Naha – Okinawa on Thursday marked the 77th anniversary of the end of a major World War II ground battle between Japanese and U.S. troops, with Prime Minister Fumio Kishida the first Japanese leader in three years to attend the memorial service due to coronavirus pandemic restrictions.
In a peace declaration, Okinawa Gov. Denny Tamaki said Russia’s invasion of Ukraine evoked memories of the conflict in the prefecture while pledging to “continue efforts to abolish nuclear weapons and renounce war, so that Okinawa will never become a battlefield again.”
The 1945 battle, during the final phase of World War II, claimed the lives of over 200,000 civilians and soldiers from the ranks of Japanese and American troops. Fighting took place from March through June of that year.
Tamaki stressed the burden Okinawa bears from hosting the bulk of U.S. military facilities in the country, a role that continues to this day. On May 15, the island marked 50 years since its reversion to Japan from U.S. rule.
Tamaki also called for the central government to abandon the controversial ongoing project to relocate U.S. Marine Corps Air Station Futenma in Ginowan to another location in Okinawa.
Kishida said that “little by little, we will gather visible evidence of reducing the burden of the bases.”
The prefecture constitutes around 0.6% of Japan’s total land area but hosts 70.3% of U.S. military installations in the country by acreage.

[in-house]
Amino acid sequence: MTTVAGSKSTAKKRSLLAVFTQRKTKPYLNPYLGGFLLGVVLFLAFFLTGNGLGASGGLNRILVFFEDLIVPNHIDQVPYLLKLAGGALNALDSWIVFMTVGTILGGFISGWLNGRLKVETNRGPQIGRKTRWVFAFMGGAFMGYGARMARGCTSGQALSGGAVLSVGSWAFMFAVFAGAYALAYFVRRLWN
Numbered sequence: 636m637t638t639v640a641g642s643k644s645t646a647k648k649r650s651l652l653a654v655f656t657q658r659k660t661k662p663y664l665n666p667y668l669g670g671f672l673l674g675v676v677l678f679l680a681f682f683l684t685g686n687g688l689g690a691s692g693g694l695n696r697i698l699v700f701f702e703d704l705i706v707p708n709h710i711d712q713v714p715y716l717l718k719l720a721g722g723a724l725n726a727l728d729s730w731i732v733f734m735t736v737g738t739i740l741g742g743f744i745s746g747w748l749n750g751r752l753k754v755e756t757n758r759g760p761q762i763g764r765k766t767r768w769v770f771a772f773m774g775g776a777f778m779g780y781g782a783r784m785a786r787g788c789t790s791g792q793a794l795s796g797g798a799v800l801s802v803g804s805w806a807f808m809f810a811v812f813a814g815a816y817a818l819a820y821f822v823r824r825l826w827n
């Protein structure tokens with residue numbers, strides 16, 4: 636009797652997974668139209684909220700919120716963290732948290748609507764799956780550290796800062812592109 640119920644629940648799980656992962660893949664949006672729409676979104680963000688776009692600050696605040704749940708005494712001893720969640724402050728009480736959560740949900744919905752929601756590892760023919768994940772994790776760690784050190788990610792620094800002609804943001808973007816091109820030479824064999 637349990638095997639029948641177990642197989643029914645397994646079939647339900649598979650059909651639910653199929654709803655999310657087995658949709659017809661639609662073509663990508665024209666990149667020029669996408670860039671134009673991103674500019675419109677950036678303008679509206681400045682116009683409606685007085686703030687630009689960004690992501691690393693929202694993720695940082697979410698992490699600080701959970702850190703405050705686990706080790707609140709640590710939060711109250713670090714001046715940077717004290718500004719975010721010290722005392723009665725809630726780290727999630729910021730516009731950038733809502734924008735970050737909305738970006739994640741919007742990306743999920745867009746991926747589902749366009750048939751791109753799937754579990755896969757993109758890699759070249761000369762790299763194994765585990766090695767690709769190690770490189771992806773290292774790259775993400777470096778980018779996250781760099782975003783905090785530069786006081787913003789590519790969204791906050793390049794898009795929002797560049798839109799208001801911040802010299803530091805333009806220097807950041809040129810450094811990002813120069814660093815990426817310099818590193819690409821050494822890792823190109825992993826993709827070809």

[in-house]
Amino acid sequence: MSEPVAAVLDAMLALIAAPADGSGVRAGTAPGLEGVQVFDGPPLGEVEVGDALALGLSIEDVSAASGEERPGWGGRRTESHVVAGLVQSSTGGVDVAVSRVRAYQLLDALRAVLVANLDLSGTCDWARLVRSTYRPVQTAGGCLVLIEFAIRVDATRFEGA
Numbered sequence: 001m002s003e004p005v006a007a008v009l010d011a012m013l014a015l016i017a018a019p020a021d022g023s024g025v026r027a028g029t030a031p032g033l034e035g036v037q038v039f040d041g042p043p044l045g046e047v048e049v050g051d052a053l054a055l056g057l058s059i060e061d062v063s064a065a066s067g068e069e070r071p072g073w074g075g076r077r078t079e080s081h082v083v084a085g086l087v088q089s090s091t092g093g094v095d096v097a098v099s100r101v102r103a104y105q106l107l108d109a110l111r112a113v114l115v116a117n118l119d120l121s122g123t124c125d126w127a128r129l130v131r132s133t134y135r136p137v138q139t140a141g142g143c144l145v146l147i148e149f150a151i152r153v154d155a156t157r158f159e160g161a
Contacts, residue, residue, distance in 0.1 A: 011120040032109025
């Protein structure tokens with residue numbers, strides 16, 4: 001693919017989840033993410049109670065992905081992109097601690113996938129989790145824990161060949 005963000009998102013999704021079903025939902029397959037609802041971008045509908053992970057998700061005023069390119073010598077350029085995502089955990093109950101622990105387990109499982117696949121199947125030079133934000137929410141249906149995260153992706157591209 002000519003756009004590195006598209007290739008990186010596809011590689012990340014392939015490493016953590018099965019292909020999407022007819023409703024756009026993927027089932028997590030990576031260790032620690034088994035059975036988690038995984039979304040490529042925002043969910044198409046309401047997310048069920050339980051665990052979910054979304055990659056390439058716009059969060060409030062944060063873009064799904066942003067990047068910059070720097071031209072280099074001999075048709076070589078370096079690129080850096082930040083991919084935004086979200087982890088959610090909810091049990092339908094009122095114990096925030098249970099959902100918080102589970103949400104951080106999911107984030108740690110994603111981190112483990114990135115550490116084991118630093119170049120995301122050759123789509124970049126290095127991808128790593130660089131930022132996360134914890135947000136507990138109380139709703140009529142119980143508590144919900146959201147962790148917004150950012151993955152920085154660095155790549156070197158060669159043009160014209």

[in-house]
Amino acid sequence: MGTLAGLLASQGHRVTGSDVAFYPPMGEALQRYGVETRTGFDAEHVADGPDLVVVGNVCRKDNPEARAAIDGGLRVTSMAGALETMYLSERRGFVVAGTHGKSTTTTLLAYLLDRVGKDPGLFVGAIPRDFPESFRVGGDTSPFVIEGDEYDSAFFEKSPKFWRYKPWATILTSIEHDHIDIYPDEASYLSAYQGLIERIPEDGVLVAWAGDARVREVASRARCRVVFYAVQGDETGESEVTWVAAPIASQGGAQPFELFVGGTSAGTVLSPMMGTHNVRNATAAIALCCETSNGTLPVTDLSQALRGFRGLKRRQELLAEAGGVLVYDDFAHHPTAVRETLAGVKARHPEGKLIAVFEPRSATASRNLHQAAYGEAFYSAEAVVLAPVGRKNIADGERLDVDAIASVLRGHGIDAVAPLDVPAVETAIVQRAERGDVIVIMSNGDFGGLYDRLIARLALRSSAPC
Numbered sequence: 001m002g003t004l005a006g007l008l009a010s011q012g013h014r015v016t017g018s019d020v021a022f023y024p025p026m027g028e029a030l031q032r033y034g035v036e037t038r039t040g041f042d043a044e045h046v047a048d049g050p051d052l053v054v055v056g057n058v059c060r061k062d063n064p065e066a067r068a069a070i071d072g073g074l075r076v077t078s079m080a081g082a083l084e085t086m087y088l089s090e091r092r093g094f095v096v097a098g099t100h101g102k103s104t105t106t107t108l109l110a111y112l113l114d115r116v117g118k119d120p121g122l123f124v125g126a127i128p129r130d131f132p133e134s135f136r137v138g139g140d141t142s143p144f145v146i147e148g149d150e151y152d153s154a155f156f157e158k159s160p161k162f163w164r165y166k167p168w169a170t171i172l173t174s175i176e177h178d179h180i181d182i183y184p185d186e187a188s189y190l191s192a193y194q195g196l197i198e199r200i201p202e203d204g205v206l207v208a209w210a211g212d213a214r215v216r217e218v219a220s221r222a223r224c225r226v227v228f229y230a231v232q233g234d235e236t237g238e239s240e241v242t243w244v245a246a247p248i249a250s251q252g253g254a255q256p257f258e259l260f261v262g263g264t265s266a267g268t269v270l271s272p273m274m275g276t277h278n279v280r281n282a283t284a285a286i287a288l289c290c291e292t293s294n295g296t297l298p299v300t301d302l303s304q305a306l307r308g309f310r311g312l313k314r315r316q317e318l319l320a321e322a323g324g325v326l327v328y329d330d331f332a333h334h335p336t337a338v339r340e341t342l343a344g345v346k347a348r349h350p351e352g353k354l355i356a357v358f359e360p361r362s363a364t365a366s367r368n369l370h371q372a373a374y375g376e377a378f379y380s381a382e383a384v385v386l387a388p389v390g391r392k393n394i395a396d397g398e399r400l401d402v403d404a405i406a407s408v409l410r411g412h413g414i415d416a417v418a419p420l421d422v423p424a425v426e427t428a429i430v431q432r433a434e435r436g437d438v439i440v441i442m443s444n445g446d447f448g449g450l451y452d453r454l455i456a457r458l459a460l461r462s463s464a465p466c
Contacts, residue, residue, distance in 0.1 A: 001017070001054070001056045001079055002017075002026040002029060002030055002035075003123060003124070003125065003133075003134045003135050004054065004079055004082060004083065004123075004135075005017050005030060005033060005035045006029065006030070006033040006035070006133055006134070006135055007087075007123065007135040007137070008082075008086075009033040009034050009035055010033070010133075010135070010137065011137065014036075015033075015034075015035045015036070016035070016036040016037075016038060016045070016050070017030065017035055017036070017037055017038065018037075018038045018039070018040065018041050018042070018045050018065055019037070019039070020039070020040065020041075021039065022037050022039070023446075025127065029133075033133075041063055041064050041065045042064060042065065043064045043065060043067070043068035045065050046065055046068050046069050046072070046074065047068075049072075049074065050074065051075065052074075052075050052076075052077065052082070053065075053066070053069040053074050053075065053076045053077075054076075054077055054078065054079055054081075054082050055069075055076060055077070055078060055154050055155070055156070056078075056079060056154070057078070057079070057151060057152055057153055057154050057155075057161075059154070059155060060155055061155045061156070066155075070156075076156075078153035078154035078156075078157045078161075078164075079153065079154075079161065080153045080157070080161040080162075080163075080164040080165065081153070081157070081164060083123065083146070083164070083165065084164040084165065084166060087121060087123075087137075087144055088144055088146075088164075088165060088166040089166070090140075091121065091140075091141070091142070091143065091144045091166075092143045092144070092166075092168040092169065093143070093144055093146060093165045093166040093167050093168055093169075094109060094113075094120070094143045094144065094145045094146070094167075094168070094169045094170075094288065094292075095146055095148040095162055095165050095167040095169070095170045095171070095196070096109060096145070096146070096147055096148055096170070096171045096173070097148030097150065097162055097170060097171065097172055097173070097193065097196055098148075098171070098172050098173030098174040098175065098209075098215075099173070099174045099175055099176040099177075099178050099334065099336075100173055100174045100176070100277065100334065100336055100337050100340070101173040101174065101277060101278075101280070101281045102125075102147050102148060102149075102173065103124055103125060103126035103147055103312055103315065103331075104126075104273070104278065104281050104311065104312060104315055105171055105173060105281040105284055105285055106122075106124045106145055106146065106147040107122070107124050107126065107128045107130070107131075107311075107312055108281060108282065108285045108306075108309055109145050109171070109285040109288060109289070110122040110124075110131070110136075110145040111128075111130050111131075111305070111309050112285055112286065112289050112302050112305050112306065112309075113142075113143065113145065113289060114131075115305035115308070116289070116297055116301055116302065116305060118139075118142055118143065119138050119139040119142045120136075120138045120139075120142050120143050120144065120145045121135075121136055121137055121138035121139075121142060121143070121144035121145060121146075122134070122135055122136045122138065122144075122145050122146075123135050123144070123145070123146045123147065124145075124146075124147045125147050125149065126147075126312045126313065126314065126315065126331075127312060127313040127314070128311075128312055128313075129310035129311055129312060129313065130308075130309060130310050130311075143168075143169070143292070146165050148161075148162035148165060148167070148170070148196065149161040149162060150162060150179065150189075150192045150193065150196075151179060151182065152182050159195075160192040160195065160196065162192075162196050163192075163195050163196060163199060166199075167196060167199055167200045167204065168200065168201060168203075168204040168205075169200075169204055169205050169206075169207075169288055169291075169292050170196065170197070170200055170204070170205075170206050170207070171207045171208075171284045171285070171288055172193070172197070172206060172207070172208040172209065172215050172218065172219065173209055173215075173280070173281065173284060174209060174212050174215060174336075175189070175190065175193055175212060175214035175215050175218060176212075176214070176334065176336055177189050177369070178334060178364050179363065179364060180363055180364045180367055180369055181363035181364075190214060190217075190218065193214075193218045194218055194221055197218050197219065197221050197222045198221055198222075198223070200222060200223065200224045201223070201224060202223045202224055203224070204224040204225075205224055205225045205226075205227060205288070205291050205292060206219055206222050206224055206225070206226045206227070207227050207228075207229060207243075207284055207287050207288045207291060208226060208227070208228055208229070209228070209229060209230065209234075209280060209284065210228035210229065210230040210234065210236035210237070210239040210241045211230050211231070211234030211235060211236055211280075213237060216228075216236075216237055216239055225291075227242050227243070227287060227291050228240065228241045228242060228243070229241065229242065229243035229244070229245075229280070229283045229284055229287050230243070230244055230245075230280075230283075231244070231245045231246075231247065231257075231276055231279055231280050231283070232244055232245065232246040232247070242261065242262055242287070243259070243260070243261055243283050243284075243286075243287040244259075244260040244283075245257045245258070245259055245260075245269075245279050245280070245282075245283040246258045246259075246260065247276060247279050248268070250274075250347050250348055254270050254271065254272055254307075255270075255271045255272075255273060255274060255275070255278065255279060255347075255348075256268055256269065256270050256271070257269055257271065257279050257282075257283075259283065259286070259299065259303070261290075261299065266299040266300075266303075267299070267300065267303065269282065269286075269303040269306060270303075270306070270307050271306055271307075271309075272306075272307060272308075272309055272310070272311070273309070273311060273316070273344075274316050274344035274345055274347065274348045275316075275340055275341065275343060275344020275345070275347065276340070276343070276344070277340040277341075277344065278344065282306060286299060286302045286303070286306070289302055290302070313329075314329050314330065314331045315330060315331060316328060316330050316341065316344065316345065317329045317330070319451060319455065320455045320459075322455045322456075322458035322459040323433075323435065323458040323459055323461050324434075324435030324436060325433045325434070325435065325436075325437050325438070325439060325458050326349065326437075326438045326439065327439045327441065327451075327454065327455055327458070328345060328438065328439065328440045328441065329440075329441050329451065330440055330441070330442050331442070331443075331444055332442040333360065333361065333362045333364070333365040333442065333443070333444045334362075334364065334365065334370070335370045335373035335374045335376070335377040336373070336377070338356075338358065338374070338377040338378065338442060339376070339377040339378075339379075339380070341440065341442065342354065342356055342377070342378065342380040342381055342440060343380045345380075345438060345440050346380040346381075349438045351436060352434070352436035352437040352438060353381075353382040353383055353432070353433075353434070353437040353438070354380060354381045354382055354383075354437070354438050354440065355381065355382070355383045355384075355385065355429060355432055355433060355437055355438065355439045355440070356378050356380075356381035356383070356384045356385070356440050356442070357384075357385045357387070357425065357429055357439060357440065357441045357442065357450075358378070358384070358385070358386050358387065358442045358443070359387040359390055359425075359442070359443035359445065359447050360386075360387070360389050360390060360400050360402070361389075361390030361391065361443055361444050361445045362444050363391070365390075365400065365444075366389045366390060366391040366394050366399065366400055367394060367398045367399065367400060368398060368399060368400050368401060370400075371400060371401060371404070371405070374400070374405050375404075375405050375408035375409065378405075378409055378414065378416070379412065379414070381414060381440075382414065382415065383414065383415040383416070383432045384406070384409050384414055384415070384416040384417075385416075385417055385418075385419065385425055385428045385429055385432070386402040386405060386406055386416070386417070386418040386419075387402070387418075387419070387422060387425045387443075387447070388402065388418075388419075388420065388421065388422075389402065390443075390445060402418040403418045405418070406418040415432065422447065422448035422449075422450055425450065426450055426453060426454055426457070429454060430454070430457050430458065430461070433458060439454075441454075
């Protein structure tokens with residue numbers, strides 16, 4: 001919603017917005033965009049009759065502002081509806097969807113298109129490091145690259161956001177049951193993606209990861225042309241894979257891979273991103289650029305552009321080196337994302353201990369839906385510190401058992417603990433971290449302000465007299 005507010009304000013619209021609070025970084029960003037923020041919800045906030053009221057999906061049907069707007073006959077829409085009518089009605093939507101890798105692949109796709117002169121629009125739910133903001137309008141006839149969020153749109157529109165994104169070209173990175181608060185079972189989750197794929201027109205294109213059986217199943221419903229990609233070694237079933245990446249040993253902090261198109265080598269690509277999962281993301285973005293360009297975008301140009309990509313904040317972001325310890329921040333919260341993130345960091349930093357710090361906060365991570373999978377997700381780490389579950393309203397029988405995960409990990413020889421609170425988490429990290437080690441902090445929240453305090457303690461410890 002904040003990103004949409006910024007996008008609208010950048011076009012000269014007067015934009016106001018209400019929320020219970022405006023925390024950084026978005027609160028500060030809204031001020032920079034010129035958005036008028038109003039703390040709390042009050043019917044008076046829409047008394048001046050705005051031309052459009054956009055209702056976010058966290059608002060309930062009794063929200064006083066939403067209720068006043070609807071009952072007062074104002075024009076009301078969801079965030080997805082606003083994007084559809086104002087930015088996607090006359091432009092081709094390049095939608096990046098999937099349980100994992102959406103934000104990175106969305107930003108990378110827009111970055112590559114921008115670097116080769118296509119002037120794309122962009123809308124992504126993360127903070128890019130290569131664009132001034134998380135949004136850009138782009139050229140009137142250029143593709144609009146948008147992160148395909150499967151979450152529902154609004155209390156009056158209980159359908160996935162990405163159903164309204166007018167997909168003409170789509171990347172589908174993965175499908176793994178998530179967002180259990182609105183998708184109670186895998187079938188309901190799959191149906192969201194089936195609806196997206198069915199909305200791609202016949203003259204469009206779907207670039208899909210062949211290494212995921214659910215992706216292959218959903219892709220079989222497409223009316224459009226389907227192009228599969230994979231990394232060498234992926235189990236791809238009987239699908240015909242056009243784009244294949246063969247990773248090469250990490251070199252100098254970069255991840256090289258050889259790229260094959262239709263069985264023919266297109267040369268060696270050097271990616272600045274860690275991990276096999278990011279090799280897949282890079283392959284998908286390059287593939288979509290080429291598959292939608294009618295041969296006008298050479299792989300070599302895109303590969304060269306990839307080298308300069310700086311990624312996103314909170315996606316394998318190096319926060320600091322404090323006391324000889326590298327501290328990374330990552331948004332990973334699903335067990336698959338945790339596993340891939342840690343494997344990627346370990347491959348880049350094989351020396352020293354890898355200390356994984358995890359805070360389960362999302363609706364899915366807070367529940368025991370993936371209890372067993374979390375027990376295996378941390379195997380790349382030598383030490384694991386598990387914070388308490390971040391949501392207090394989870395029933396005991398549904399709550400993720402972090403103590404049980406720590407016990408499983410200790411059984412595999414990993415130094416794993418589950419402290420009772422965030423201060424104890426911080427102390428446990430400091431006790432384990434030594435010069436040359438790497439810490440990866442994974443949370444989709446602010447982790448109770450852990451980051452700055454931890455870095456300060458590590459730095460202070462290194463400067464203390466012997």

The event, held at the Peace Memorial Park in Itoman, the site of the final stage of the battle, was downsized for the third consecutive year due to the pandemic and was attended by 327 people, including guests and organizers.
“Thinking of that time brings tears to my eyes,” said Seiko Akamine, an 83-year-old resident of the prefectural capital Naha, who said his father was killed in action during the battle and that his sister was killed in front of him when she was hit by a shell.
The Battle of Okinawa was a fierce ground fight that took a heavy toll on the local civilian population, with 1 in 4 of the prefecture’s residents dying.
The names of 55 people were added to the list of the war dead inscribed on the Cornerstone of Peace in the Itoman park this year, bringing the total to 241,686. The list covers all the war dead, irrespective of nationality or their civilian or military status.
In a time of both misinformation and too much information, quality journalism is more crucial than ever.
By subscribing, you can help us get the story right.